March 19, 2009



MODERATOR:  We're joined on the dais by Michigan State student athletes.  From my far left, Travis Walton, Goran Suton, Kalin Lucas and Raymar Morgan.

Q.  Kalin, before or right when this pairing was announced, had you even remembered of Robert Morris before?  And just how has that changed in the last few days as you are getting ready for this?

KALIN LUCAS:  That was my first time hearing about the team.  They are a good team.  They shoot the 3 well.  So that's something we will have to work on.  We have to get back on defense, because they do like to run in transition.

Q.  This is for Raymar.  People talk about upsets and, you know, these 2 15 games.  Is all the heat really on you, though, in that for a school like them, just to get here is a victory, to a large degree, and all the pressure is on you.  If you go out and beat them by 25 or 30, you are supposed to.  If you lose, it kind of looks pretty bad.  That said, is heat all on you and not on them?

RAYMAR MORGAN:  I wouldn't say so.  The tournament is a new season.  Everybody    everybody's looking for an upset.  So I wouldn't say so.  We just have to come out and play our game and stay focused on the task that we need to do.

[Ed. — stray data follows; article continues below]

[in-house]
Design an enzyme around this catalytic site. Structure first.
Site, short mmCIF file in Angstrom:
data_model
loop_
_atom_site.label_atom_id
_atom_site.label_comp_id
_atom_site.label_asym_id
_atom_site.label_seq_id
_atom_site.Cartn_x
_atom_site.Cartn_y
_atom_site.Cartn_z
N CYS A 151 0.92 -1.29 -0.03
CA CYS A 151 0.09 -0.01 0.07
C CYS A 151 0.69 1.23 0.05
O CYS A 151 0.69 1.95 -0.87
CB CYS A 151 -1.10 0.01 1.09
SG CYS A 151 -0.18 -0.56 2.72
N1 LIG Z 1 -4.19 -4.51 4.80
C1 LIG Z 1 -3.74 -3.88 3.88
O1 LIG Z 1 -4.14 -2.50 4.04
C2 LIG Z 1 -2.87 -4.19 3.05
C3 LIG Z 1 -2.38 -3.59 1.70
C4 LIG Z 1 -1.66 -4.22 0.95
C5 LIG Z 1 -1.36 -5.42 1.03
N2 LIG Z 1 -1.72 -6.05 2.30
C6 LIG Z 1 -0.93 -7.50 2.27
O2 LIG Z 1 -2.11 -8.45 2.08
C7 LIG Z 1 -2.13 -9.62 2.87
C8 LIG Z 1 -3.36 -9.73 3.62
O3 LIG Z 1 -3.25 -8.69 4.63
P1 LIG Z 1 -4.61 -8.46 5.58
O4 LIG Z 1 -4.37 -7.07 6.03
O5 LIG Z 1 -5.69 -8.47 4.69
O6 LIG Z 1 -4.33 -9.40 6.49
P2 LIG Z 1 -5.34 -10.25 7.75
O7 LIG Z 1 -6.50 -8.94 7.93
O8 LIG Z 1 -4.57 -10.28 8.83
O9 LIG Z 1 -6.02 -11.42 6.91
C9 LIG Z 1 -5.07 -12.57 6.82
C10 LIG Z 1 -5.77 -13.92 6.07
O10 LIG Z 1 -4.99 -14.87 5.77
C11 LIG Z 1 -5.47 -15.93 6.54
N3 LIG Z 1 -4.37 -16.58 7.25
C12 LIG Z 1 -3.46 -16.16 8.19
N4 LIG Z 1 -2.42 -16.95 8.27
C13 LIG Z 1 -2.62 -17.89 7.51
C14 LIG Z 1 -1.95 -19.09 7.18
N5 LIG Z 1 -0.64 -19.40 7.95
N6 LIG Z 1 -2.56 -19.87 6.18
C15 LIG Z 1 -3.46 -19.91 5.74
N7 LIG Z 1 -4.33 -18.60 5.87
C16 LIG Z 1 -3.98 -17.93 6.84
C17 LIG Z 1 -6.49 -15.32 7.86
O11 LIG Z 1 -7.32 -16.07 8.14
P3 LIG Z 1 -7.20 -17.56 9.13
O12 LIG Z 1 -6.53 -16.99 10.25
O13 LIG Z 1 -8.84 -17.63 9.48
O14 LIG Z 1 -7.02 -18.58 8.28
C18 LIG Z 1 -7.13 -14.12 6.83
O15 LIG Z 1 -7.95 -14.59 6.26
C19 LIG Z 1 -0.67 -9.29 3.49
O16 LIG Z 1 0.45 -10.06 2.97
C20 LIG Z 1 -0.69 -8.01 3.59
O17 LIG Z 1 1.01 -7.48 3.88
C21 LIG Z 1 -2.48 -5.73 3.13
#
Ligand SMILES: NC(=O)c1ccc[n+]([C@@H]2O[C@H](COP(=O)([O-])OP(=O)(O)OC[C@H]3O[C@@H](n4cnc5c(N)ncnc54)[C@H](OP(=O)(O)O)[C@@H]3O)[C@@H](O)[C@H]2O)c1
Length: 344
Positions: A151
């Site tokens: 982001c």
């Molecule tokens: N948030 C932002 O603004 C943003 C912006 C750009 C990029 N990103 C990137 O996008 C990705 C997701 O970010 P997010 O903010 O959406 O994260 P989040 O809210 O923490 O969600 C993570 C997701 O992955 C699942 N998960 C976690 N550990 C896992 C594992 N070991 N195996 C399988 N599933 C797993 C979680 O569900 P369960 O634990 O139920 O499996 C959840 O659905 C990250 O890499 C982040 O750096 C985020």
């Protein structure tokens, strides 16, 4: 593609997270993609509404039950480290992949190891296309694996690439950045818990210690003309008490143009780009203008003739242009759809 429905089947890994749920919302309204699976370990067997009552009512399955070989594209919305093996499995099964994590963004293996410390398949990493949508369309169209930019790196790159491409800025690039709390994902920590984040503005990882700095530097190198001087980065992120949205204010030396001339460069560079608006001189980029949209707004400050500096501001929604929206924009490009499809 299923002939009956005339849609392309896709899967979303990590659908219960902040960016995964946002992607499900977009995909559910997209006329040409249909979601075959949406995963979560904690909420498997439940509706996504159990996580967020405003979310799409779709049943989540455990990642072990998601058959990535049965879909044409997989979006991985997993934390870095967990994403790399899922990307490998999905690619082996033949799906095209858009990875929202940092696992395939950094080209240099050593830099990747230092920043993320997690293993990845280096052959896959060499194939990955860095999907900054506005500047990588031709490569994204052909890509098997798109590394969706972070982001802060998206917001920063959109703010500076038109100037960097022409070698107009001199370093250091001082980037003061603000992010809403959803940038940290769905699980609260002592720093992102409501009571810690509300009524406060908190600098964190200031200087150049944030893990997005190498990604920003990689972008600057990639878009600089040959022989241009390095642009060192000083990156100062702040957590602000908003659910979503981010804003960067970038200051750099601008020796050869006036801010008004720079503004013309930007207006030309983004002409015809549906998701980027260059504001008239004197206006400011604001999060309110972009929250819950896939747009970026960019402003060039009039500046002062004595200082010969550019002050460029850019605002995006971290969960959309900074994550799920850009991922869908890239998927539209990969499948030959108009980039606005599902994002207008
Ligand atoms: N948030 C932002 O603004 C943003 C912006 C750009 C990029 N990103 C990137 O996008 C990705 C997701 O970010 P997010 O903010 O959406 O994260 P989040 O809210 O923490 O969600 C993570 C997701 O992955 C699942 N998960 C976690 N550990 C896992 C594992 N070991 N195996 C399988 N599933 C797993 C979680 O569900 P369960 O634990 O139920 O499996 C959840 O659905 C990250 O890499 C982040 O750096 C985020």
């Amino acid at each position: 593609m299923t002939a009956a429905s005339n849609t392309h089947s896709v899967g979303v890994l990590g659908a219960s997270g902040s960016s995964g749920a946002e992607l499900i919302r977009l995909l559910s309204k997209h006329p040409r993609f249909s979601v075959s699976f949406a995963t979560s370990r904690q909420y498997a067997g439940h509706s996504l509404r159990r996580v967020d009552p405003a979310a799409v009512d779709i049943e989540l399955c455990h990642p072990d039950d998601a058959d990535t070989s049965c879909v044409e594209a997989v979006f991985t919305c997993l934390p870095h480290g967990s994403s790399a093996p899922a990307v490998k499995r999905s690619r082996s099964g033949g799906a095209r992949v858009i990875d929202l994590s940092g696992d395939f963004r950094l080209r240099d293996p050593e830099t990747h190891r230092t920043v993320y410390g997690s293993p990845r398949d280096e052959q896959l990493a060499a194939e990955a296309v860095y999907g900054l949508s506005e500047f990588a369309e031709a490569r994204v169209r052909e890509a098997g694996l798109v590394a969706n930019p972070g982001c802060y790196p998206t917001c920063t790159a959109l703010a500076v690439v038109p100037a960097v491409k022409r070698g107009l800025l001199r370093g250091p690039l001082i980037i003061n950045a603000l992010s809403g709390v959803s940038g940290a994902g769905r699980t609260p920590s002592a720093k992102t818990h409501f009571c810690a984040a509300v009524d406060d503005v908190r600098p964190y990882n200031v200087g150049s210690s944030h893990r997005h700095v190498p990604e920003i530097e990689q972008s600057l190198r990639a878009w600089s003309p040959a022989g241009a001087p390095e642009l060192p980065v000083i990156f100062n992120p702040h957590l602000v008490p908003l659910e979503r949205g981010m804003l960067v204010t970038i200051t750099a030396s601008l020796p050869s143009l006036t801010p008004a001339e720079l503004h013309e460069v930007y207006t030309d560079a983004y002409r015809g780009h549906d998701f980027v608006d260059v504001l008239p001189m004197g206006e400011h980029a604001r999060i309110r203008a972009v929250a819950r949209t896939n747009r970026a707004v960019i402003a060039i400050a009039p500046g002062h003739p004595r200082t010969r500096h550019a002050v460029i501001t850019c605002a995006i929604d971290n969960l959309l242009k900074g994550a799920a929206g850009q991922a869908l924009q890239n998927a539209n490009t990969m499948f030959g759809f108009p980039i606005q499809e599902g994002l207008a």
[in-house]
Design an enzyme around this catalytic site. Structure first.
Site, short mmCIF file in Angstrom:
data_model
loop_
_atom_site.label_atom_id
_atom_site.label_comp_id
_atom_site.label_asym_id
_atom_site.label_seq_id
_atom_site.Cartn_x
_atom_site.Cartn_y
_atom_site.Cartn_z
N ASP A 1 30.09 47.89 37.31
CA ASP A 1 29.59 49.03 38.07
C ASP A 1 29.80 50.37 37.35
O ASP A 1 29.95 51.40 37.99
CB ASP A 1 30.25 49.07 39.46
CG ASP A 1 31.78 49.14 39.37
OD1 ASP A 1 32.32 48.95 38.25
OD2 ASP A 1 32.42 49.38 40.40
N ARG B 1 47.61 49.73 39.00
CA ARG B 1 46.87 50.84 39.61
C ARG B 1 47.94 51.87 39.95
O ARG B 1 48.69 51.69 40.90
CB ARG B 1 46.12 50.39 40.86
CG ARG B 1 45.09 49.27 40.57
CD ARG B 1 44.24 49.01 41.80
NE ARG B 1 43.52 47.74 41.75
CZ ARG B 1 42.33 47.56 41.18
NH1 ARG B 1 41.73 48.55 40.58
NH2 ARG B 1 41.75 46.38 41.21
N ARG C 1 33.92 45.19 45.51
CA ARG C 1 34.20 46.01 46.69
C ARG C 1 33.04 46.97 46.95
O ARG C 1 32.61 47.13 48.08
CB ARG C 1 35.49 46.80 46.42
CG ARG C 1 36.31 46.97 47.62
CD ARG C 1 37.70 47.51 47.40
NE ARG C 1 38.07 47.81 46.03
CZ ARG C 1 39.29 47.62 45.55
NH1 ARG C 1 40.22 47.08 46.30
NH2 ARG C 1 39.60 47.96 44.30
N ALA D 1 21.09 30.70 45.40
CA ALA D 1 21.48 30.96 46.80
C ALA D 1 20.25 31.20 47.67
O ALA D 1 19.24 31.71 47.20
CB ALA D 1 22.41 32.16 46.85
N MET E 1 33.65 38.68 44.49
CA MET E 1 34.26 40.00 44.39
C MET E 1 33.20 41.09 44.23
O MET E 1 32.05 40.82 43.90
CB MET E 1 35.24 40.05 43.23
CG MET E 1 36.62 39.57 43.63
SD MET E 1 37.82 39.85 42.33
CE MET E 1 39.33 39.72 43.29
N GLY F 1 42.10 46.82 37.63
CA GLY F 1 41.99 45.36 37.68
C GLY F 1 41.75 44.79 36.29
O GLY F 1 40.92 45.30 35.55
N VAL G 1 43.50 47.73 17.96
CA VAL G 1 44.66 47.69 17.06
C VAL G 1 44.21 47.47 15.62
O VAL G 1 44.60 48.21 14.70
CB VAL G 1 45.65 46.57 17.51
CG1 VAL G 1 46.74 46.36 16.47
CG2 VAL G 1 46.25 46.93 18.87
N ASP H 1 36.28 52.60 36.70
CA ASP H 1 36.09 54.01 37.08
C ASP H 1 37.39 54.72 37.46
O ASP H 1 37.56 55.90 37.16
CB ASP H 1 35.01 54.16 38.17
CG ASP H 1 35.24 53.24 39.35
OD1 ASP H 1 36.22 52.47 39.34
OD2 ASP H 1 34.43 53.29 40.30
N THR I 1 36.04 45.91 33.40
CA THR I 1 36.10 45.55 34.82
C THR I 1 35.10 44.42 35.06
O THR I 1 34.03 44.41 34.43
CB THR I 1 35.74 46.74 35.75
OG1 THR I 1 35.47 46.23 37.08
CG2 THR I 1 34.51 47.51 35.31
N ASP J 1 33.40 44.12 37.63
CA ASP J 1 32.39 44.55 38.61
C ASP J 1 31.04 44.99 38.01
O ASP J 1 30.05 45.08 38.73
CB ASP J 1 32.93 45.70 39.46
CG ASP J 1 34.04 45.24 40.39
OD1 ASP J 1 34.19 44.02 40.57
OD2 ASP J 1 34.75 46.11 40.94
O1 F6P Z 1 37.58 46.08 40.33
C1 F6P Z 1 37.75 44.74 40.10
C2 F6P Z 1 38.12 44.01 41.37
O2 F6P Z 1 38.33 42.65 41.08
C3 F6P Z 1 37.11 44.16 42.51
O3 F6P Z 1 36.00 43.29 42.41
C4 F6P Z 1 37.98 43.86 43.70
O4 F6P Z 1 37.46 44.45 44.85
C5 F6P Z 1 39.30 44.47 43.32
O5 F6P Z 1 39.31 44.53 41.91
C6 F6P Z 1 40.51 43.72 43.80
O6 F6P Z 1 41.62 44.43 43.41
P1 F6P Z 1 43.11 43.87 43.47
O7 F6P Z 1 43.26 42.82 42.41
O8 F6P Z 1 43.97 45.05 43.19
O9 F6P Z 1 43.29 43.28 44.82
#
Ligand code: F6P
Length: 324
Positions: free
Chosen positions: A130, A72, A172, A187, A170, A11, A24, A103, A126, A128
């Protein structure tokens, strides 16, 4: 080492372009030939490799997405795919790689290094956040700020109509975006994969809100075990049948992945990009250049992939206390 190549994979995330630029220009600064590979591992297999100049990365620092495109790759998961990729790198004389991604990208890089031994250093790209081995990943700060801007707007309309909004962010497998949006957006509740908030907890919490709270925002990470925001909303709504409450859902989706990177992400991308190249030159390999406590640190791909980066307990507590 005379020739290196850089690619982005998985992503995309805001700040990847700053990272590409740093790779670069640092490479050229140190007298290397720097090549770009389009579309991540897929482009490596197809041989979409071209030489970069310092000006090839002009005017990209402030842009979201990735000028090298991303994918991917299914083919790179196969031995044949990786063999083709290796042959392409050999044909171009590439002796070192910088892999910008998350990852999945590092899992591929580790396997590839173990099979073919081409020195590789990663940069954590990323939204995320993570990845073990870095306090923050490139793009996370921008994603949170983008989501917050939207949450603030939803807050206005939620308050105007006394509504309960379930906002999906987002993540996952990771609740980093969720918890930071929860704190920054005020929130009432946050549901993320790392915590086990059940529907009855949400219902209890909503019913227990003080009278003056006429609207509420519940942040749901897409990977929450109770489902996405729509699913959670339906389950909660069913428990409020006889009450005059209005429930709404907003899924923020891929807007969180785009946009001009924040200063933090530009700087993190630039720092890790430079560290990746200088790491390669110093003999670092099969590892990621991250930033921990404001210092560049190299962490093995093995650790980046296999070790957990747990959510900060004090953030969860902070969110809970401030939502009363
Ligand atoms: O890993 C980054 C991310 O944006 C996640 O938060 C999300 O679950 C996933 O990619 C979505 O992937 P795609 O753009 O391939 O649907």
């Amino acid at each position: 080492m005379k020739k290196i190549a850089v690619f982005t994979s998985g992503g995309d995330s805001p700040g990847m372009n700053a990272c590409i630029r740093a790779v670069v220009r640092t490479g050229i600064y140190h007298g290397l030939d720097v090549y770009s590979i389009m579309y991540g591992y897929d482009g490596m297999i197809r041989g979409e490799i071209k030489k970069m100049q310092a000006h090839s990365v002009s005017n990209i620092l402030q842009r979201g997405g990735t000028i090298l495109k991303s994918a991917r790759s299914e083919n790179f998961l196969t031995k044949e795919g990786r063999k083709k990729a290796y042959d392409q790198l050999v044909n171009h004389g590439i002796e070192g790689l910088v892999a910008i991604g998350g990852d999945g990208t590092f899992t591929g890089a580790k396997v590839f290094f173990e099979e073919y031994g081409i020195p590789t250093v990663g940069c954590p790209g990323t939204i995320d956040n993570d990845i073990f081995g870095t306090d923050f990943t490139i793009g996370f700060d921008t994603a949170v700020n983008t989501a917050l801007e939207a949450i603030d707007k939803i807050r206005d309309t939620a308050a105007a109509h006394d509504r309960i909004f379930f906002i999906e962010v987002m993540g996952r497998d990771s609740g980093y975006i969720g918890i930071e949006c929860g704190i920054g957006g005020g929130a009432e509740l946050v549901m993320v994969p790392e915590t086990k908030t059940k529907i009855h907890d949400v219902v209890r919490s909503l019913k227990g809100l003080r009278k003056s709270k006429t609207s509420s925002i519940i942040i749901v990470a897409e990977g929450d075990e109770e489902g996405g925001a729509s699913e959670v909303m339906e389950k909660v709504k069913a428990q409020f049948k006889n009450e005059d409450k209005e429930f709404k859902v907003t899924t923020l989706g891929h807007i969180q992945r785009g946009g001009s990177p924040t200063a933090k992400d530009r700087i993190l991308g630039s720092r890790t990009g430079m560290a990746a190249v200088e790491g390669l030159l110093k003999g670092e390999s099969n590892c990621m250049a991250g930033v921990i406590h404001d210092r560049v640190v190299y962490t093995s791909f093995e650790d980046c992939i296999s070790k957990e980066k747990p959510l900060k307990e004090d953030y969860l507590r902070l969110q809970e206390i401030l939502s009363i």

Q.  Travis, what's practice been like since the Big Ten tournament got over and has intensity changed or ramped up as this thing has gone forward?  How would you describe that?

TRAVIS WALTON:  I think our practices have been great.  We have been excited.  It is a new season, as Raymar said.  Whenever you come into the tournament, you know, no matter who you're playing, the seed in the tournament, you are excited for it because every team comes in 0 0.  Every team, especially the smaller teams, they won their conference, they have their hands up.  We are looking forward to a new season and a great new start.

Q.  This is for Goran Suton and Raymar Morgan.  How do you guys feel physically?  Goran, you had the knee problem back in December.  Raymar, I saw you at Purdue and you were not feeling well.  So where are you add physically?

RAYMAR MORGAN:  For me, I'm back at 100 percent.  I'm feeling well.  My strength is back.  It's just a matter of me getting my timing down, and I think that's back, so I am feeling all right.

GORAN SUTON:  I have to say I don't think any player is    physically, as far as their health, I don't think anybody is 100 percent, but I think it is the best I felt the whole year.  My knees are feeling great and everything else feels good.

Q.  For any of you guys.  What does 21 bring for them, Chappell?  Obviously the best player in their league.  Not to kind of put him in one of your games, but could he play in a Big Ten game?  And what does he do on film that you've seen so far?

TRAVIS WALTON:  Well, I think he's a pretty    he's a good player.  You know, he leads them in all kinds of stats:  rebounding, scoring, assists.  I think turnovers.  You know, so in every category you can lead the team and he leads them.